Market Value Versus Insurance Value
My insurance company estimates the cost to rebuild my home at way below the market value, even in light of the drop in housing prices. I live in a reasonably small house that was probably worth a bit over $600,000 at market peak and maybe $550,000 now. My insurance company says that I only need $454,000 in coverage. Can the insurance value really be that much less than the market value? I feel queasy about it.
Your situation isn't unusual. A home's market value and its insurance value are two totally different numbers. Your homeowners insurance pays to rebuild your home, and you'll still own the land even if the building is destroyed.
If you live in an area with valuable land, it can cost a lot less to rebuild than to buy the house. That's my situation: I live in a row house just down the street from the Capitol in Washington, D.C., and the location of my little plot of land adds a lot to the home's value.
My insurer calculated my rebuilding cost to be much less than the market value, but I bought an endorsement that adds up to 25% over the insured amount if the rebuilding costs end up being higher than expected. The endorsement only cost me about $160, which is about the same amount as the money I saved by boosting my deductible from $500 to $1,000.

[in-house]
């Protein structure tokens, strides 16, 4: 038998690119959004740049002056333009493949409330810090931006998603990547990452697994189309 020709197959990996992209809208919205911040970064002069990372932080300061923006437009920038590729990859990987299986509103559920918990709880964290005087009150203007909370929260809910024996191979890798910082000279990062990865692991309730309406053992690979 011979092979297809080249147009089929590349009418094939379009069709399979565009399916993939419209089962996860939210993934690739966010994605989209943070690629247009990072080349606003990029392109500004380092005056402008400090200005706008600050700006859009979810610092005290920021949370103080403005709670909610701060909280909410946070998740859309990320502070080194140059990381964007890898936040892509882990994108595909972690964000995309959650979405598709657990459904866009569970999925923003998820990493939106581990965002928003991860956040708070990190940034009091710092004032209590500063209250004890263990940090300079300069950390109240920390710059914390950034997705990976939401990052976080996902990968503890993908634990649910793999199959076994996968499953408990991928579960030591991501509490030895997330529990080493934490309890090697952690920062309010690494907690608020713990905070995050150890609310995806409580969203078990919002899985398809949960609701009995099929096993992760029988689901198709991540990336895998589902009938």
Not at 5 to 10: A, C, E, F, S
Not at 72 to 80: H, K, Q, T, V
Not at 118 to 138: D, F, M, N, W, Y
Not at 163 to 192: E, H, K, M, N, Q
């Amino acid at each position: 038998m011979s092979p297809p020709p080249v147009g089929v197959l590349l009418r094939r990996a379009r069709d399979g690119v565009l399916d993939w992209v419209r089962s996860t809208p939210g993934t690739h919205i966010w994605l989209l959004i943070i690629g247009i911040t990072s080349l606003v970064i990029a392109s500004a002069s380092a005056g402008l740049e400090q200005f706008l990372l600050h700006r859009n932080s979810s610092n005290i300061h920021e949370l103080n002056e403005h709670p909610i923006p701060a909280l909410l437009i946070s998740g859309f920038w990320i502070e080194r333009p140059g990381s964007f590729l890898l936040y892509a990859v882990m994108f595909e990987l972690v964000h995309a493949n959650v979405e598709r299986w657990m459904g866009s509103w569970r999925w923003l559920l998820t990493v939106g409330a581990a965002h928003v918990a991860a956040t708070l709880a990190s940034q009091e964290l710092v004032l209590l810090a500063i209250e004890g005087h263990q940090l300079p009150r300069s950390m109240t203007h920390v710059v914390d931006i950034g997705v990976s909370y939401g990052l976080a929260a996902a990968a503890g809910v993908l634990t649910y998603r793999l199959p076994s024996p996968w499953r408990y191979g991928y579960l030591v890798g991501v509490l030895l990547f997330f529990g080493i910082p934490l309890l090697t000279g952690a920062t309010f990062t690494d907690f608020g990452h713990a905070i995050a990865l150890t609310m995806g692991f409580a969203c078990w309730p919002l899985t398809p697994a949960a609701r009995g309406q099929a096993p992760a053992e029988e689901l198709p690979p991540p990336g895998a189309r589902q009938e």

The opposite situation can be true, too. If you live in an area where land is cheap or the housing market has tanked, it could actually cost more to rebuild your house than buy it, especially if your home has a lot of special features, high-end materials and expensive architectural details. It's also important to let your insurer know if you've added an addition or made major upgrades, which can boost the rebuilding costs significantly. If you've done major home improvements, the insurance amount you originally calculated may no longer be enough.
You can estimate the rebuilding cost on your own at AccuCoverage.com, which is run by the company that provides rebuilding-price estimates to the insurance industry. Pay $7.95 and type in details about your house, age, materials and special features, and you're immediately given an estimate of the insurance value.
I did that for my house, and the number was similar to the one that my insurance company had given me. If the numbers are quite different, it might be worthwhile to get an appraisal from a local builder or appraiser. Some insurers, such as Chubb, send an appraiser to look at the home every few years. (Chubb and Fireman's Fund are two of the few companies that still pay for the full replacement cost of your home, regardless of your insurance amount.)
For more information about homeowners insurance, see Keeping a Lid on Home Premiums.
Got a question? Ask Kim at firstname.lastname@example.org.